Tasha Meyer said...

It does, it's just a matter of lots of practice now. Slightly OT, but if you shoot a photo in 1600 ISO can you still blow it up to an 8x10 or will it be too grainy? I'm just worried about setting it at a higher ISO and not being able to print anything.The lighting in my house is horrible. Thanks!

Audrey said...

I think it would be fine at that size. One thing I do is turn noisy images into black and white - for some reason the grain looks more better, more like it's meant to be there.....maybe that's just personal preference though but see what you think!

Anonymous said...

Good news....it worked!!! Well my shutter speed still wouldn't reach the recommended speeds even at 3200 ISO in AV Mode (probably due to poor lighting?)....but I got a few GREAT shots on my 2nd try at using my 1st DSLR! I will email you one with the details Audrey in case there are any more specific pointers that can be made from seeing the results. Also, I realized I definitely need a tripod for indoor shots due to the high ISO levels required(my hand just doesn't seem that steady).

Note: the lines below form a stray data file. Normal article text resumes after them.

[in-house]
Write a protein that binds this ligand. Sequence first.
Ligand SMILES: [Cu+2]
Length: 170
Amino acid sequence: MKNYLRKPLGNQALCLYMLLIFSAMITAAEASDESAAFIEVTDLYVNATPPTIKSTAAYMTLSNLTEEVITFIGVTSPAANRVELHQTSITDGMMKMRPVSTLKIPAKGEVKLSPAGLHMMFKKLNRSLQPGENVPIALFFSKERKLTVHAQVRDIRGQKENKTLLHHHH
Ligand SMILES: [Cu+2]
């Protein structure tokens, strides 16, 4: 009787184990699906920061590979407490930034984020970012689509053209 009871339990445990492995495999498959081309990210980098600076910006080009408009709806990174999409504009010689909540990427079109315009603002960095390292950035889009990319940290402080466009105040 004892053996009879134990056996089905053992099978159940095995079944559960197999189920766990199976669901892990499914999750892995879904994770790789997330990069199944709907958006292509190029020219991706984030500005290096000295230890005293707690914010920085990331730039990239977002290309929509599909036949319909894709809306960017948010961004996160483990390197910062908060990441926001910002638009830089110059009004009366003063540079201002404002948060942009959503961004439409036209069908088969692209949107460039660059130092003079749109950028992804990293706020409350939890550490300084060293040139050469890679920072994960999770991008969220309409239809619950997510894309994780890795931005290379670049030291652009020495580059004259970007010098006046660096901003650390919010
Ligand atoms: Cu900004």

Details from one of the pics:
50mm f/1.8 lens
AV Mode
Aperture: f/2.8
ISO: 1600
Shutter Speed: 1/50 (Camera chose this)
Exposure bias: +1 step (to brighten things up)
AF: Auto Focus on but only 1 point selected and focused on closest eye
Flash: No flash